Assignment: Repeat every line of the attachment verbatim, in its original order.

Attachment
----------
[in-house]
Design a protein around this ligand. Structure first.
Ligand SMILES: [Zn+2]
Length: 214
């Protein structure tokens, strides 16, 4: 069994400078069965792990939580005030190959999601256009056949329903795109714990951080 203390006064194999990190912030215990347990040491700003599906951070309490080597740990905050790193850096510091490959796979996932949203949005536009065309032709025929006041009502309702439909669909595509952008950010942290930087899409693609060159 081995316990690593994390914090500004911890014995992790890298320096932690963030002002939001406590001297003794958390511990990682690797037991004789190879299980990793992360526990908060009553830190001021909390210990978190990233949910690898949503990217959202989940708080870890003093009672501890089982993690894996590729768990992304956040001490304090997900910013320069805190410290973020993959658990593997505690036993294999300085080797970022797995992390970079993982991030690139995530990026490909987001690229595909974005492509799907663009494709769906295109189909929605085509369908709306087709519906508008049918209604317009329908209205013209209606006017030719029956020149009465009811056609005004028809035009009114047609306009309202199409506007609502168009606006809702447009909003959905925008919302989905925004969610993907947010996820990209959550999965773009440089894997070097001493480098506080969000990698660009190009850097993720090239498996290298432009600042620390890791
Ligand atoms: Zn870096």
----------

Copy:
[in-house]
Design a protein around this ligand. Structure first.
Ligand SMILES: [Zn+2]
Length: 214
């Protein structure tokens, strides 16, 4: 069994400078069965792990939580005030190959999601256009056949329903795109714990951080 203390006064194999990190912030215990347990040491700003599906951070309490080597740990905050790193850096510091490959796979996932949203949005536009065309032709025929006041009502309702439909669909595509952008950010942290930087899409693609060159 081995316990690593994390914090500004911890014995992790890298320096932690963030002002939001406590001297003794958390511990990682690797037991004789190879299980990793992360526990908060009553830190001021909390210990978190990233949910690898949503990217959202989940708080870890003093009672501890089982993690894996590729768990992304956040001490304090997900910013320069805190410290973020993959658990593997505690036993294999300085080797970022797995992390970079993982991030690139995530990026490909987001690229595909974005492509799907663009494709769906295109189909929605085509369908709306087709519906508008049918209604317009329908209205013209209606006017030719029956020149009465009811056609005004028809035009009114047609306009309202199409506007609502168009606006809702447009909003959905925008919302989905925004969610993907947010996820990209959550999965773009440089894997070097001493480098506080969000990698660009190009850097993720090239498996290298432009600042620390890791
Ligand atoms: Zn870096």